Canada’s Minister of Labor has announced that Canada’s federal Pay Equity Act will take effect on Aug. 31. This is a big step toward eliminating systemic discrimination, reducing gender wage inequalities that have been exacerbated by the pandemic and promoting equal pay for work of equal value in the federal sector.
The Pay Equity Act aims to achieve “pay equity” as opposed to “equal pay for equal work.” Equal pay for equal work compares compensation paid to workers who are in the same or similar position, whereas pay equity compares the compensation provided to workers in different jobs. In particular, pay equity compares compensation provided to “predominantly female job classes” and “predominantly male job classes.”
The Pay Equity Act regulates “compensation,” not just “base pay.” Under the Pay Equity Act, compensation is defined broadly to include remuneration and benefits provided to employees for the work they perform, including:
- Salaries, commissions, vacation pay, severance pay and bonuses.
- Payments in kind.
- Employer contributions to pension funds or plans, long-term disability plans and all forms of health insurance plans.
- Any other advantage received directly or indirectly from the employer.
Under the Pay Equity Act, federally regulated employers with 10 or more federally regulated employees will be required to:
- Establish a representative pay equity committee.
- Identify job classes and determine their gender predominance, if any.
- Evaluate each job class using a gender-neutral comparison system.
- Compare job classes, normally using the “equal average method” or the “equal line method.”
- Draft and post a pay equity plan and provide employees with an opportunity to comment.
- Consider employee comments and implement the pay equity plan within three years.
- Increase compensation for the predominantly female job classes that are comparatively underpaid.
- Maintain pay equity and review the pay equity plan at least once every five years.
- Provide certain information to their pay equity committee and certain notices to their employees.
- File information (e.g. annual statements) with the pay equity commissioner.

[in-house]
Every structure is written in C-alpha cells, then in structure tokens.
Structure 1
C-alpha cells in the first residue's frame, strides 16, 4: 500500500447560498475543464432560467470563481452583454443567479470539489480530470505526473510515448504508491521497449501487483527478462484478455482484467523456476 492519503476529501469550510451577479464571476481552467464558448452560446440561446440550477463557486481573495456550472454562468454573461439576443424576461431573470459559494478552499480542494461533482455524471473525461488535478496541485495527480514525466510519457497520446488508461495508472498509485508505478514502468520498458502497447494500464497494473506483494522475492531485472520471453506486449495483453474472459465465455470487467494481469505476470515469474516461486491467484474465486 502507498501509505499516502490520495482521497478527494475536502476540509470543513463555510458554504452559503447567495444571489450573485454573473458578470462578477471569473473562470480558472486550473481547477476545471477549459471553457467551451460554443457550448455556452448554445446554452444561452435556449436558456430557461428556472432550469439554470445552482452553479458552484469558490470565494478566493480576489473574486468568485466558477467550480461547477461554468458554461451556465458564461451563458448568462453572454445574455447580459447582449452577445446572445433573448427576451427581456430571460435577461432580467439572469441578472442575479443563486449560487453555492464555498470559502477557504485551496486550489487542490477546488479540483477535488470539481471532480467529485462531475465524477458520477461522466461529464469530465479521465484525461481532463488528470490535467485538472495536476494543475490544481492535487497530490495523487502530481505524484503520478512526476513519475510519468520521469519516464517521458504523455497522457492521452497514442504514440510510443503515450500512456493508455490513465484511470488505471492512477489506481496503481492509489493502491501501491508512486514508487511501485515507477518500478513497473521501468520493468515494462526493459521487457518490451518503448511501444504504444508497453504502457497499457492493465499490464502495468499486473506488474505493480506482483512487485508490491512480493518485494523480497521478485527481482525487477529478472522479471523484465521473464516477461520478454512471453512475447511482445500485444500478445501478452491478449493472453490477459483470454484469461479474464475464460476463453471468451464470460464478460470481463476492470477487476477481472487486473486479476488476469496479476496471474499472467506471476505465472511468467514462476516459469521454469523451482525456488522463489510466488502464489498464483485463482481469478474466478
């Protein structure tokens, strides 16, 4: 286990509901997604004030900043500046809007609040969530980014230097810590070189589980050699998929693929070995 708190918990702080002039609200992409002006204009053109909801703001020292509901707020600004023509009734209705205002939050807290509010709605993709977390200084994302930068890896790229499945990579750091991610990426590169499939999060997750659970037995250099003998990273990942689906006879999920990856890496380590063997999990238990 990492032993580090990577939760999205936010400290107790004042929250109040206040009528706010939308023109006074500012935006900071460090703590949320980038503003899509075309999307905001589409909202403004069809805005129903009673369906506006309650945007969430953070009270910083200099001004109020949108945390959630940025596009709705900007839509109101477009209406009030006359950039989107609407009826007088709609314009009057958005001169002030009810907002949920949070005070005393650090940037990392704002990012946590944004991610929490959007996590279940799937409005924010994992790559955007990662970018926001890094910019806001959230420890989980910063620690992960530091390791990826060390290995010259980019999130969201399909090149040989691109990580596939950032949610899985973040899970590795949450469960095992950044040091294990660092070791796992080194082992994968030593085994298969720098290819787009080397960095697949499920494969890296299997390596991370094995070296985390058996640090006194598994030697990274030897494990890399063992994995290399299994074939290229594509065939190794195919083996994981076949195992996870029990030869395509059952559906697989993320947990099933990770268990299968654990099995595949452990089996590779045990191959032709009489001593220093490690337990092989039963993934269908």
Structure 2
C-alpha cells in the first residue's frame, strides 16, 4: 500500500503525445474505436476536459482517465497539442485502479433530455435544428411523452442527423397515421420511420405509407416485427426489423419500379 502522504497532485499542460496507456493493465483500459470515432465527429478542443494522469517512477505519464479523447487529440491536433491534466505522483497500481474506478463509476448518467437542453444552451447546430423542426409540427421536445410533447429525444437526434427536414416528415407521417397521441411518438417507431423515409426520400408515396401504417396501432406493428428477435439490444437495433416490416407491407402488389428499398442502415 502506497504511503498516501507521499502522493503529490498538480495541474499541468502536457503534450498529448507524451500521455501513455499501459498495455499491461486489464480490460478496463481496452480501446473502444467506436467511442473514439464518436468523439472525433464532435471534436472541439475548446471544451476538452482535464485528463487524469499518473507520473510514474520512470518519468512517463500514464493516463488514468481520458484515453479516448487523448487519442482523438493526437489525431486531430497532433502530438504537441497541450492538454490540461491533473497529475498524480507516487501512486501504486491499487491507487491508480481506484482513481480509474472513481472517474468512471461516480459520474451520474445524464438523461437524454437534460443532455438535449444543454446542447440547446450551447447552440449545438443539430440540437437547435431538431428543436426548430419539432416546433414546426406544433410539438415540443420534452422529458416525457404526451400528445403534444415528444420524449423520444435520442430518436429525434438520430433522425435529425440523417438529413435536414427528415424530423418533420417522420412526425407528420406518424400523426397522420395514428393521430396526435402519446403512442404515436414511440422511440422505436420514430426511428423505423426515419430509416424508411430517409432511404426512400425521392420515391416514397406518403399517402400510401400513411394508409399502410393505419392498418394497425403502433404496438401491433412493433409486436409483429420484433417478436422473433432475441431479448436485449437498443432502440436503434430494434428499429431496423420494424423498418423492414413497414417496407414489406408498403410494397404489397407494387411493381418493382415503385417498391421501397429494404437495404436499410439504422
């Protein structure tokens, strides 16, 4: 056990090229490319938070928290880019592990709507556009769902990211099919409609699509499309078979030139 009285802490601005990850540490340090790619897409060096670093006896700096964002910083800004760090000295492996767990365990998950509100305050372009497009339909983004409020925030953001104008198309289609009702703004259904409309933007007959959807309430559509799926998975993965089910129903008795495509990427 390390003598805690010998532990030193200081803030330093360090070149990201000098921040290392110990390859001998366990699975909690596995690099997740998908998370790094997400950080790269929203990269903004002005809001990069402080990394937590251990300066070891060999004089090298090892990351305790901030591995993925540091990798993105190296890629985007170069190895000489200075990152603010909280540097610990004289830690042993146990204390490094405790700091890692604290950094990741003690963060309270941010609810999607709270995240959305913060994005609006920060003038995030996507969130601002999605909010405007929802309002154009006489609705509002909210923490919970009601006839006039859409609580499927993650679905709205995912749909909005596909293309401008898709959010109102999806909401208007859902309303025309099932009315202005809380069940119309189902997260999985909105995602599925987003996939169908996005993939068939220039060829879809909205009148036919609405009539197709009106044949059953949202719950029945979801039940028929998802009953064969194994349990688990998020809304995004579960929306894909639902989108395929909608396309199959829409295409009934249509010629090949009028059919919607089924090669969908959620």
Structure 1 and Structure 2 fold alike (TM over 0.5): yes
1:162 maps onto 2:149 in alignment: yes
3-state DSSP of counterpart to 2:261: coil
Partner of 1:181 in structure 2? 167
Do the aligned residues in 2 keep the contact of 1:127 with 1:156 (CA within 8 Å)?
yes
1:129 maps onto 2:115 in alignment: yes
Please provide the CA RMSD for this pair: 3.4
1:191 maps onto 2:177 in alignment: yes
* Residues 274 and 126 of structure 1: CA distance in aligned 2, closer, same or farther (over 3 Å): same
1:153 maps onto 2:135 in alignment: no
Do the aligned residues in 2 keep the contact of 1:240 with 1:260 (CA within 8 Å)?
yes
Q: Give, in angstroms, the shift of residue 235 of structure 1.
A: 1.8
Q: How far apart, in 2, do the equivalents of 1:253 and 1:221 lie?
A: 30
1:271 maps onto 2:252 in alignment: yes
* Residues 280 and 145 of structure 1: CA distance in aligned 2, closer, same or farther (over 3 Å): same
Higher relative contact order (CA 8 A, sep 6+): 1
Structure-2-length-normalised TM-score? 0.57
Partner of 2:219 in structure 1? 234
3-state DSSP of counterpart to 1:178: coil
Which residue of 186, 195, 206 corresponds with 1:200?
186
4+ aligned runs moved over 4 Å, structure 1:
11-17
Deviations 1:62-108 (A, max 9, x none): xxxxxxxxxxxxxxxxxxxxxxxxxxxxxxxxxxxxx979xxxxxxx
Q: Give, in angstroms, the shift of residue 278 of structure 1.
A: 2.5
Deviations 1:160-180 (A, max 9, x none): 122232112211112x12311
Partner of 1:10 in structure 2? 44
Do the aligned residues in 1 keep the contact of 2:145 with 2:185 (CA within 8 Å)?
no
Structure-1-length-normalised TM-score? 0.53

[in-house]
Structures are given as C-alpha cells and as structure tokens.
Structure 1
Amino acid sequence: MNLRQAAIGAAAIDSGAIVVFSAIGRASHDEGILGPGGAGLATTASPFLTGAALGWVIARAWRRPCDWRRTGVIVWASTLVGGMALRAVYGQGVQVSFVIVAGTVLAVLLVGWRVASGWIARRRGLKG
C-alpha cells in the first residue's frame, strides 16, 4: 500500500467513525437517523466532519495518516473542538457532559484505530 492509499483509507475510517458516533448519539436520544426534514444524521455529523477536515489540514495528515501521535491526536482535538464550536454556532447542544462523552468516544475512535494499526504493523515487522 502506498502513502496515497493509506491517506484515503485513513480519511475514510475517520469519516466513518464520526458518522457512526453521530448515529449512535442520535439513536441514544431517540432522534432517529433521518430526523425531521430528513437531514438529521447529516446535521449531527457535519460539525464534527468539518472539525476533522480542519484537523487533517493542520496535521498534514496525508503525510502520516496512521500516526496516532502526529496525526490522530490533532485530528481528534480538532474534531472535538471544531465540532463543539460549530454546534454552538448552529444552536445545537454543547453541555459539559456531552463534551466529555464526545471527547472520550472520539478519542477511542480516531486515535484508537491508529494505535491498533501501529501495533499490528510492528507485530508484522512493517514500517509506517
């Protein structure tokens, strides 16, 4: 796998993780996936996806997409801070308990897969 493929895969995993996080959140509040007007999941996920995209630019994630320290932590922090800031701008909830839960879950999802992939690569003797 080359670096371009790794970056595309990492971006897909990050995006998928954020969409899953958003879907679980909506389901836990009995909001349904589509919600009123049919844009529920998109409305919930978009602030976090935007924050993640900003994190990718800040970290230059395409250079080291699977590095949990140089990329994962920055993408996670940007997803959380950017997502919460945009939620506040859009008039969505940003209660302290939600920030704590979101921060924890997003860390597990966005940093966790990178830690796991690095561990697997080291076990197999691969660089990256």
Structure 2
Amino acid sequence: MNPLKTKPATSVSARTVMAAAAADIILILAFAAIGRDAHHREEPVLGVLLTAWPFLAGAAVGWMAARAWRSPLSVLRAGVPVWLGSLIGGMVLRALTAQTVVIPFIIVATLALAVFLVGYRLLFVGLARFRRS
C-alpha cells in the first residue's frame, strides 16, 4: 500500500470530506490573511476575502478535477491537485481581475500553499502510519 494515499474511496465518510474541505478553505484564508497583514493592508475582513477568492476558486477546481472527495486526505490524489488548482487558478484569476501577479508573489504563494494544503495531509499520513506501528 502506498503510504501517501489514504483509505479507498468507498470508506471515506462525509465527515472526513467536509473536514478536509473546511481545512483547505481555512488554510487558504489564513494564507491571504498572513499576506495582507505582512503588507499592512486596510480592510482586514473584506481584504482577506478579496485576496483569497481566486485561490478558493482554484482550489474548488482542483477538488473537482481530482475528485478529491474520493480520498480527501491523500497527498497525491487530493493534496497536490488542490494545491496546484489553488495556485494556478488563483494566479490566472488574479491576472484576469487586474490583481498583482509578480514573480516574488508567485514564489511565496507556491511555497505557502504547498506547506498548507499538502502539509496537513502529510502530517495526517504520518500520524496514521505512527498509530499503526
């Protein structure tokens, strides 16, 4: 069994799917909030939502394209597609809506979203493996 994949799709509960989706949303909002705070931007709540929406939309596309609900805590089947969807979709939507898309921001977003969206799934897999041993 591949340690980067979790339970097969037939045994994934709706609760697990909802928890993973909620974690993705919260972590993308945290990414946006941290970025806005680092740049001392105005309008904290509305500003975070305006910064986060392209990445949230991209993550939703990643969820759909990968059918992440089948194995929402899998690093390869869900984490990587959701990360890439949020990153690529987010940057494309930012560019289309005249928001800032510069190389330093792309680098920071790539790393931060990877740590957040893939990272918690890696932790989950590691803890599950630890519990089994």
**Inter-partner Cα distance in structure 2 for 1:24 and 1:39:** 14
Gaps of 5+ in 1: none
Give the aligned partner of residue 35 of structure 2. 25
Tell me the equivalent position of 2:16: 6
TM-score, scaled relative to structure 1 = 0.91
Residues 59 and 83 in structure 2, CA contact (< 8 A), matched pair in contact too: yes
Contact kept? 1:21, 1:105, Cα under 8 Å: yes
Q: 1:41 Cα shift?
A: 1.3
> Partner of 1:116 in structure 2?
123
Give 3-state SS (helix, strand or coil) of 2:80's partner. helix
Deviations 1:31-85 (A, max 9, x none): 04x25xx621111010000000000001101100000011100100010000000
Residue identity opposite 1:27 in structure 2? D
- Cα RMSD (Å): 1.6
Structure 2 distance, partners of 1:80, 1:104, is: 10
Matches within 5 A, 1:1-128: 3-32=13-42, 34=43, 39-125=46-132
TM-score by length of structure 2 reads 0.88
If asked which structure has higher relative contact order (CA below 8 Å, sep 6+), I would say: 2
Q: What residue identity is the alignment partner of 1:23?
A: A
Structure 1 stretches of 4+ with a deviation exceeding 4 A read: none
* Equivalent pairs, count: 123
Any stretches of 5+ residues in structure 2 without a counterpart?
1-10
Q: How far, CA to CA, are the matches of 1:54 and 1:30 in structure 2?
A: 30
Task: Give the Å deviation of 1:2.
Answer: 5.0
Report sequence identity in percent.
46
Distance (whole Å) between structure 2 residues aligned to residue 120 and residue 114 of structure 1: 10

The above list is subject to a very detailed and prescriptive set of rules and requirements established under the Pay Equity Act, and a corresponding regulation that was recently finalized.
Employers who fail to comply with the Pay Equity Act will face consequences. The Pay Equity Commissioner has authority to conduct a compliance audit under the act and may make orders requiring employers to comply. Administrative monetary penalties up to $50,000 (approximately USD 39,950) may be imposed. There will also be a process allowing employees, bargaining agents and employers to file a complaint with the pay equity commissioner, who may refer the matter to the Canadian Human Rights Tribunal.
Employers should also be wary of the significant and costly harm noncompliance can have on their reputation and employee morale.
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In summary, the Pay Equity Act will present unique challenges to federally regulated employers, and compliance will require significant time and attention, particularly over the next three years as pay equity plans are developed and implemented. Federally regulated employers who have not already done so should immediately start to prepare for Canada’s new pay equity regime with input from, among others, qualified legal advisors.
Many thanks to Sandy Park for her assistance with this article.
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Jordan Arthur Kirkness is an attorney with Baker McKenzie in Toronto. © 2021 Baker McKenzie. All rights reserved. Reposted with permission of Lexology.